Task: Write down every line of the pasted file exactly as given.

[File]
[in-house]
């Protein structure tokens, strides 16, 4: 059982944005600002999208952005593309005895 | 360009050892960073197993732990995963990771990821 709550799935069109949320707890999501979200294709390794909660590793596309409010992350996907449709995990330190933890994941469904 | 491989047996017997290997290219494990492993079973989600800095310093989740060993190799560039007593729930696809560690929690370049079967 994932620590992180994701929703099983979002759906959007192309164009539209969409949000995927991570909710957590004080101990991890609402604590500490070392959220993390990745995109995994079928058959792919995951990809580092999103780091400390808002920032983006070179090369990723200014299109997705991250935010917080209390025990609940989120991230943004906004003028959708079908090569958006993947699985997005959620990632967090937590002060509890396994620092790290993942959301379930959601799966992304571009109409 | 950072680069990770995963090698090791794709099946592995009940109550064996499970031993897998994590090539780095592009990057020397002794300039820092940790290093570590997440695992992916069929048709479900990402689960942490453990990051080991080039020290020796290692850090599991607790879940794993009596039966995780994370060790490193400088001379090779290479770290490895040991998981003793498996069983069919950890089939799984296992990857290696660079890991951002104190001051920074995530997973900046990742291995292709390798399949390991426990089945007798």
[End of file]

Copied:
[in-house]
């Protein structure tokens, strides 16, 4: 059982944005600002999208952005593309005895 | 360009050892960073197993732990995963990771990821 709550799935069109949320707890999501979200294709390794909660590793596309409010992350996907449709995990330190933890994941469904 | 491989047996017997290997290219494990492993079973989600800095310093989740060993190799560039007593729930696809560690929690370049079967 994932620590992180994701929703099983979002759906959007192309164009539209969409949000995927991570909710957590004080101990991890609402604590500490070392959220993390990745995109995994079928058959792919995951990809580092999103780091400390808002920032983006070179090369990723200014299109997705991250935010917080209390025990609940989120991230943004906004003028959708079908090569958006993947699985997005959620990632967090937590002060509890396994620092790290993942959301379930959601799966992304571009109409 | 950072680069990770995963090698090791794709099946592995009940109550064996499970031993897998994590090539780095592009990057020397002794300039820092940790290093570590997440695992992916069929048709479900990402689960942490453990990051080991080039020290020796290692850090599991607790879940794993009596039966995780994370060790490193400088001379090779290479770290490895040991998981003793498996069983069919950890089939799984296992990857290696660079890991951002104190001051920074995530997973900046990742291995292709390798399949390991426990089945007798």